Wonder Woman’s Record Success Boosts Warner’s 2017 Bottom Line, DreamWorks Divorce With Fox Is Final, Aliens and Baywatch Continue to Bomb and Disney Remains the Envy of Hollywood
Its safe to say someone at Warner Bros. is getting a raise. Or is at least breathing a little easier.
Warner Bros. has had an up and down year so far. While the Lego Batman Movie performed reasonably well at the box office and Kong: Skull Island managed to justify its enormous production budget thanks to a strong overseas performance, CHiPs and Live By Night both passed through the multiplex without attracting so much as a yawn from audiences while King Arthur: Legend of the Sword is turning out to be a very expensive bomb. On top of all that, Wonder Woman, Warner’s 2017 crown jewel, was the subject of some very nervous hand ringing a few weeks ago.
Last month, initial tracking had the next entry in Warner’s super hero universe opening with 65 million domestically. While no one doubted Wonder Woman would own it’s first weekend, 65 million was a very far cry from what Warner wanted and what the DCEU needed. And just in time, a handful of controversies tumbled out of the woodwork to threaten Wonder Woman’s Hollywood moment (there were some fierce objections to cross promoting the film with ThinkThin diet bars, Lebanon banned the movie because of Gadot’s Israeli heritage, a Texas theatre’s decision to offer a women only screening drew the wrong kind of headlines and some were even criticizing Gadot’s looks, claiming she was too attractive to be a symbol of inclusion). Warner has invested the GDP of a small country in its super hero universe and they needed Wonder Woman to be both a financial and critical hit. And 65 million wasn’t going to cut it.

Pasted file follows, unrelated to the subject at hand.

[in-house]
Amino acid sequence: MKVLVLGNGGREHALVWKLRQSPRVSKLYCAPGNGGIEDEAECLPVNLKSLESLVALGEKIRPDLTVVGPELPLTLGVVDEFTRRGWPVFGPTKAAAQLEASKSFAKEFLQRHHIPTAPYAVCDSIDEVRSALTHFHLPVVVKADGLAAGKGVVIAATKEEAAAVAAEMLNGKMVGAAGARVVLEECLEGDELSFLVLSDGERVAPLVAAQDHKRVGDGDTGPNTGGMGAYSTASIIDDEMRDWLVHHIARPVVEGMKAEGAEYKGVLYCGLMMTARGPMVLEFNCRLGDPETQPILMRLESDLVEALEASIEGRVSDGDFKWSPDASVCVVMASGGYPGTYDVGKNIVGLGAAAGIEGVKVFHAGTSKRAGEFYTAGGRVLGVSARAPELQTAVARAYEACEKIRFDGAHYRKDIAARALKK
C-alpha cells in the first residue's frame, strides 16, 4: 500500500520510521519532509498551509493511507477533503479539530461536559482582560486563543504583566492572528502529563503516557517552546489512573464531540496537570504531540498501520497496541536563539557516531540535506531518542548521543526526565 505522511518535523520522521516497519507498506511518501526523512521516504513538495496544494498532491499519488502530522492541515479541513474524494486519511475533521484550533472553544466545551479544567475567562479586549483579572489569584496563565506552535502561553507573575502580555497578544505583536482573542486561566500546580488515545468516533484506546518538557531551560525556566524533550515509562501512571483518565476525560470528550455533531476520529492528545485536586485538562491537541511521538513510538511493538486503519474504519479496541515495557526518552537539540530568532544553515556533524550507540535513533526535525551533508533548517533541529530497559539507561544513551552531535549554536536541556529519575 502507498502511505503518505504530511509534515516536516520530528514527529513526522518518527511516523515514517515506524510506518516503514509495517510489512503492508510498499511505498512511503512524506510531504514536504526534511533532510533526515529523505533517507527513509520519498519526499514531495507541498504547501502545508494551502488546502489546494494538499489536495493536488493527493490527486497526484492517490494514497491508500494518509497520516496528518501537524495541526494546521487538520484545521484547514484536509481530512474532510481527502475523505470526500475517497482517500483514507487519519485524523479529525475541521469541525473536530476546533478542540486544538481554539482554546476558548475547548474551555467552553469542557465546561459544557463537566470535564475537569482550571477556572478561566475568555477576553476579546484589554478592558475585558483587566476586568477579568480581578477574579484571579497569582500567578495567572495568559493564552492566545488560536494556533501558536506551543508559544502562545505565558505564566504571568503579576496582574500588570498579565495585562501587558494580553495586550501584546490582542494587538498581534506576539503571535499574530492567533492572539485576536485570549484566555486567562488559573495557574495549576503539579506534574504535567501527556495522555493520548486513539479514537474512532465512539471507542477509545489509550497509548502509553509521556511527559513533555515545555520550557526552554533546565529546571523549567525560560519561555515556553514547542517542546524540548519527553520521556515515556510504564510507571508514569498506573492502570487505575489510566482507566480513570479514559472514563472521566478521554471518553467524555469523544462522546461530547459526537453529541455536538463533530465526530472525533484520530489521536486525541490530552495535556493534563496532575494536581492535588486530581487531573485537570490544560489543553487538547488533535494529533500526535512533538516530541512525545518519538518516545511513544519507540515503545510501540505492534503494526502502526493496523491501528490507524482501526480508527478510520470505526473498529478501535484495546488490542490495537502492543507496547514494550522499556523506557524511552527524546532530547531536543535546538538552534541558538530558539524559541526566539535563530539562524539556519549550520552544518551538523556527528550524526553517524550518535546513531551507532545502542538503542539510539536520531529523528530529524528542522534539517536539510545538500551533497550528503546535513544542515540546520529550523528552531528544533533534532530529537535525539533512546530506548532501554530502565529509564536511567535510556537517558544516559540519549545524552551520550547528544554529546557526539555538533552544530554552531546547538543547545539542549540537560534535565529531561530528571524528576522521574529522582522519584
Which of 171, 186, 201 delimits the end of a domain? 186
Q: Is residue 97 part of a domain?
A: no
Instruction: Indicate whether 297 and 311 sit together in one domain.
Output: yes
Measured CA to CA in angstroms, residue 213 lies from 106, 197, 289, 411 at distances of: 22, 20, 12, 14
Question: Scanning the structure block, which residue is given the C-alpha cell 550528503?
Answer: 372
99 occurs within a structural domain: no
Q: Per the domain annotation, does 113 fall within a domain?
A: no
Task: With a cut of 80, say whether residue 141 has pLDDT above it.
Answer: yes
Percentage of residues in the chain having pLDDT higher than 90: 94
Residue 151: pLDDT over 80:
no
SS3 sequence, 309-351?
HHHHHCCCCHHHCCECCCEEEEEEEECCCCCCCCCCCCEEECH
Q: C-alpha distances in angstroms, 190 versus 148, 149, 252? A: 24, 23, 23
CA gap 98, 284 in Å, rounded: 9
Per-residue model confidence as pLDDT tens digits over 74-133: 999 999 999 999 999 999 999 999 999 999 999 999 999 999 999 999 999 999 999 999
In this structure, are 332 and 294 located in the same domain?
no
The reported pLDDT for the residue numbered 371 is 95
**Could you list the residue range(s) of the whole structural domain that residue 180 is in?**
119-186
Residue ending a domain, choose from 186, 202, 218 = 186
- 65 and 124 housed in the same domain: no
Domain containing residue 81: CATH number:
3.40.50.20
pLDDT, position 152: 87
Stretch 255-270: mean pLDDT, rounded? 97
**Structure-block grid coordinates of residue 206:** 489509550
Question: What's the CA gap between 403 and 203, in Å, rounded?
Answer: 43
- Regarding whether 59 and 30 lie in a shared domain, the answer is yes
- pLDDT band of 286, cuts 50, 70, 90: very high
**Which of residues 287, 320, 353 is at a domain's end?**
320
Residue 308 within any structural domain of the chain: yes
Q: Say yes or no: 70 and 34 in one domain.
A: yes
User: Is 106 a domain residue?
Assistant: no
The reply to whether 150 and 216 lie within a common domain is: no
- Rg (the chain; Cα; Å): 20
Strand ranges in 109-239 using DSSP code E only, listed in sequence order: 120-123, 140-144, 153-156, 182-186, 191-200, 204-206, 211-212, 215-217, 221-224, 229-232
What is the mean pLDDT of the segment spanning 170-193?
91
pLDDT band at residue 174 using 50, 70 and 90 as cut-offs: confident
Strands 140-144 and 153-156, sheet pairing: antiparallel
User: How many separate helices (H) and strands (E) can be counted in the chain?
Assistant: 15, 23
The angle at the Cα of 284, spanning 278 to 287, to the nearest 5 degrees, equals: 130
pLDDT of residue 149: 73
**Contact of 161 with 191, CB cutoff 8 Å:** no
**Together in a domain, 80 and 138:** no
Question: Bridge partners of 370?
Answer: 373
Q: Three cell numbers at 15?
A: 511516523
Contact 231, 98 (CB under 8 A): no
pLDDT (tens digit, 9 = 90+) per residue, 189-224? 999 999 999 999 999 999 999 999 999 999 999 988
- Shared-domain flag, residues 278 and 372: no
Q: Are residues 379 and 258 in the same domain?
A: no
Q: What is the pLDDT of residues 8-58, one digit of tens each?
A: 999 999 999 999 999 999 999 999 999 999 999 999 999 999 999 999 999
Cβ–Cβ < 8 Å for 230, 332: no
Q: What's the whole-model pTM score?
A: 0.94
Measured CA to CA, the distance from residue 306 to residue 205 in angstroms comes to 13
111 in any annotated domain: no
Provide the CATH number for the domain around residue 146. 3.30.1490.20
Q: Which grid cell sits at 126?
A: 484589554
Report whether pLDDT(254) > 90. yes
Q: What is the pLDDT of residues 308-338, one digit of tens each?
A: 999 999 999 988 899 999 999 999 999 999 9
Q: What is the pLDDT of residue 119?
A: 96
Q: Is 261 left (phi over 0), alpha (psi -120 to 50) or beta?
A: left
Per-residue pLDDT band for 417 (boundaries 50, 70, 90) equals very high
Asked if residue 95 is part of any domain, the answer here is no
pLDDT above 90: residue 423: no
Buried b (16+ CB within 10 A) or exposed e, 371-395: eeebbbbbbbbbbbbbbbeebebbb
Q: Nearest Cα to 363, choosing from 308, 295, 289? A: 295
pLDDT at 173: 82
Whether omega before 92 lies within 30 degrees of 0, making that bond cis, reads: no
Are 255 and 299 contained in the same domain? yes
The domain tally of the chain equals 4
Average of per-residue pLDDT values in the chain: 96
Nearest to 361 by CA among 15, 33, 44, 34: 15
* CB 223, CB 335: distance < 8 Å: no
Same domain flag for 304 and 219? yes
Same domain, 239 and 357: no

Fortunately, the First Lady of Comics hit it out of the park with both fans and critics alike. It opened with 103.2 million at home and over 220 million worldwide (it was the best opening ever for a movie helmed by a female director) amid positive reviews and extremely strong word of mouth. But while everyone involved with Princess Diana’s success deserves a moment and a golf clap, there’s still some numbers that need to be crunched.
While Wonder Woman owns the third highest debut of the year so far, she has the lowest opening of any of the DCEU’s cinematic releases despite a much more positive reception by critics and audiences. Her 100 million plus opening is nothing to sneeze at, but it’s tough to see how it reflects the brighter welcome Diana seems to be enjoying. Perhaps the true test will be to see how she performs in her second weekend and beyond. Batman Vs. Superman and Suicide Squad both opened huge but experienced massive drops their second weekend (declines attributed to poor critical reviews and worse word of mouth). The rest of June should also provide an answer to the question on everyone’s mind right now; has Wonder Woman saved the DCEU? Because even if it avoids a drop as sharp as its predecessor’s, it faces some very strong competition beginning with next week’s The Mummy starring Tom Cruise.
Still, Wonder Woman now owns a stronger debut than the first two Captain America, Thor and Iron Man movies and she even outperformed Batman Begins, the first chapter in Christopher Nolan’s cinematic masterpiece. With both star Gal Gadot and director Patty Jenkins signed for a sequel, ideas have been flying all over the Internet for a yet to be announced follow up movie and Wonder Woman’s newfound popularity may have injected new life into this November’s Justice League. Those bragging rights and that popularity could turn out to be worth more than box office dollars.